2.2 Using Partials for Consistency
All templating engines provide tools and features to make it easier to maintain a consistent look and feel between all of our pages. In this lesson, we'll look at EJS's partials feature to help make our pages consistent.
1.Introduction3 lessons, 20:17
2.Building a Web App6 lessons, 1:01:23
3.Middleware and Routers2 lessons, 16:36
4.Conclusion1 lesson, 01:31
2.2 Using Partials for Consistency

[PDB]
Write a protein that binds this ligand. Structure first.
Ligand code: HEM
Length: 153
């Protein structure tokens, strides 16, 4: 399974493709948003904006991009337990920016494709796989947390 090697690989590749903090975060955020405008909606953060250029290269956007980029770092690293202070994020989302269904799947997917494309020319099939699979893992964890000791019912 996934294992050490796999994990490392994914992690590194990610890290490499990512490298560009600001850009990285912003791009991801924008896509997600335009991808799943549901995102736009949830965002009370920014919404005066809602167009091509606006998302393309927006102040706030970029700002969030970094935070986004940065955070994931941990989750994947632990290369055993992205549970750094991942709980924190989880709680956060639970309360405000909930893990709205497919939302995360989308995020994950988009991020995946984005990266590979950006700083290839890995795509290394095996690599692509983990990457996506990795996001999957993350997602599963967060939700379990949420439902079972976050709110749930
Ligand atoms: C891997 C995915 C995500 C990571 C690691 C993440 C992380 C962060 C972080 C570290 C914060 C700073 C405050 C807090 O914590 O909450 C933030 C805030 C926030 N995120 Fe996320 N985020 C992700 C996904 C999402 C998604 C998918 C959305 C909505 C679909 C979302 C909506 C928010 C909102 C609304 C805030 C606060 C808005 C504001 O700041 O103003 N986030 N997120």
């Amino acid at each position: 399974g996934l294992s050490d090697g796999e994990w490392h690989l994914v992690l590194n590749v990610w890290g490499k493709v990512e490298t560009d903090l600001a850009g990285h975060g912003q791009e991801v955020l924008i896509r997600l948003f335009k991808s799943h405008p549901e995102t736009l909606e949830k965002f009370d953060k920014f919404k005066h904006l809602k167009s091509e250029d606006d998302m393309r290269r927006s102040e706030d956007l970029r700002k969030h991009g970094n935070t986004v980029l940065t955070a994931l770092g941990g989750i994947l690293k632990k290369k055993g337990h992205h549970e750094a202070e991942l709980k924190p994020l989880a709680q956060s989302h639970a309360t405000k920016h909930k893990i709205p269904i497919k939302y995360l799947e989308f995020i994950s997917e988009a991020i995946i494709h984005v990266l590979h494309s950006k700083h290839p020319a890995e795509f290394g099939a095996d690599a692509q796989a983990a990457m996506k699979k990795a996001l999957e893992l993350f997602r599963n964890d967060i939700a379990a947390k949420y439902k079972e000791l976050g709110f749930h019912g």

In the previous lesson, I introduced you to EJS, a templating engine that you can use not just in your Express-powered applications, but in just normal Node applications as well. It's not an Express-specific thing. So in the previous lesson, we created a view for our index page. And right now, it's just a complete HTML document. And in this lesson, I want to create a contact page. So let's go ahead and create that file, let's call it contact.ejs. And we are going to copy all of the markup from index and paste it into contact. Now, some red flags might be going off in your head, and that's okay, because they should be. We definitely don't want to keep just copying and pasting all of our markup, because right now, our markup is relatively simple. However, as we start adding actual structure and having more complex markup, we definitely don't want to keep redoing the same thing over and over and over again. Because we want our application to be consistent across all of our pages. Now, EJS is a basic templating engine, I've called it a view engine, but it lacks a lot of the features that you would find in other view engines. And one of those is a feature called a layout page. What a layout page allows you to do is basically define the layout of your application. And then what you do is just provide the content that would be used. So there's some merging going on, it emerges the layout page with the content, and it's very nice. And unfortunately, EJS does not have that feature. Now some people have made a layout page for EJS, and you can install that module and use layout pages with EJS. But in this lesson, and really in this course, we're going to keep things as vanilla as possible. So what we're going to do is use what are called partials. These are just smaller chunks of markup that we can use and reuse throughout all our views. So for example, in both the index and contact pages, we are essentially going to have the same things inside of the head element. Now of course, the title is going to be different. But these metatags and any CSS that we might add is going to be the same between the two. So what we could do is create a partial, that is going to contain all of that head information. So inside of our views folder, let's create a new folder called partials. And we'll create a new file inside of that simply called head.ejs. Now, the idea being that it's going to contain the stuff from the head of our document. So let's take these metatags, let's paste them into our head EJS. And then we want to reference that, and actually, what we're going to do is include that here. And we do that using our <% sign, we use a command called include, and then we provide the path to that file. So in this case, that is partials and then head. Now, we don't have to say .ejs because EJS is going to automatically add that for us. So we can just use the name of the file without the extension, and that's going to work. So we can take this then and paste it into our index. And visually, we're not going to see anything different in the browser. But if we look at the source code, then we are going to see that the metatags are still being added to our document. Now we need to add a route to our content page, so that we can navigate between the two. So let's open up app.js, and let's add a route to just /contact. And the view that we are going to render is contact. We don't need to pass any information to that view yet, so let's not do that. And now, If we look at the source for index, we of course see that we have the metatags being pulled in. Let's add some different content for the contact so that we know that we are on the contact page, and we'll just do something simple like that. So now let's view the source of /contact, and we're going to see basically the same thing. We have the metatags, but of course, we also see that we are on the contact page. So all of our metatags are being added properly. But let's also add some CSS, something that we don't have to look at the source code in order to be sure that we are including all of our head stuff. And I'm going to paste in a reference to Bootstrap, through a CDN. So now, whenever we view the index page, our style changes. If we look at the contact page, the style is changed there as well. So we know that we are pulling in that information. And let's also start organizing our pages so that we have a nav bar and things like that. So that would be what I would consider a header, so let's add a new file inside of partials. We'll call it header.ejs, and I'm going to paste this in, because it's, well, that's a quite a bit of markup. And basically, this is the markup from one of the Bootstrap examples from the Bootstrap website. I believe it's the carousel example, I just lifted the markup and made a few changes here. So we have this header, and we are going to include that then inside of the body. So we can do the same thing with <% include, and then partials and header. So once again, there is still some replication that we have to do between our views. But by using these partials, we can ensure that all of the hard parts are being replicated correctly. Let's wrap our content with these main elements. And then we will add some of our own CSS to make it look a little bit better. So inside of index, we will use our main element and wrap our content with that. All right, now if we go and look at these pages, we see the nav bar, but we don't see the content. And that's because it's being hidden by the nav bar, so we are going to add our own CSS. And this is a static asset, so we're going to put it inside of public. And let's go ahead and delete this contact.html, because that was there primarily for demonstrative purposes. So inside of public, let's create a new folder called css, and we'll create a new file called site.css, and we're going to add a rule for main. We're going to set the margin-top to 70% so that we can see the content, or 70px. And then we need to add a reference to this inside of our head partial. So we will just have a link element, and the href is going to be CSS and site.css. So now whenever we look at our pages, there we see the content. Let's look at home, there we see the content there. Now we have these links, I didn't actually put something in the href for those links, so let's add just a / for home, and then for contact, we're gonna have /contact. And there we go, we have an application that is starting to look a lot better than just plain ordinary black text on a white background. Now for the last thing that I want to do in this lesson is actually add the contact form, so that in the next lesson, we can handle the submission of that form. So let's just add a form element, as far as the action is concerned, we are going to submit this form to /contact. And let's define the method as post, because that is what we would use a post request for. And let's use some Bootstrap stuff, so we're gonna have a div element with a class of form-group. And we will have, well, no, let's not do labels, let's have an input element that is going to have a text type. Let's set the class to form-control, and the placeholder is going to be email address. Because if this a contact form, then we want the user to supply their email address. Now let's give this a name of just email, and that will be fine. We also need a text area for the message. So let's change our input element to a text area. We'll go ahead and give it a class of form-control, and the name is going to be message. Since it gave us an ID, let's go ahead and set that as a message as well. The class is going to be form-control and, yeah, there we go. So we should have at least a semi-usable form, let's refresh the page. We do, but it stretches across, but that's gonna be okay. Let's have an h2 at the top that says Contact Us, and then finally, we need our button. Although this doesn't really need to be inside of a div element, we can just have our button that has a class of button, and let's make this primary. And then the type is going to be submit, and we'll say Send Message. So we have our contact view, and in the next lesson, we will handle this form, so that whenever we click on the Send Message, we actually do something. Notice that we get an error that says cannot post to /contact. And that's because we didn't write the code to do that, but we will in the next lesson.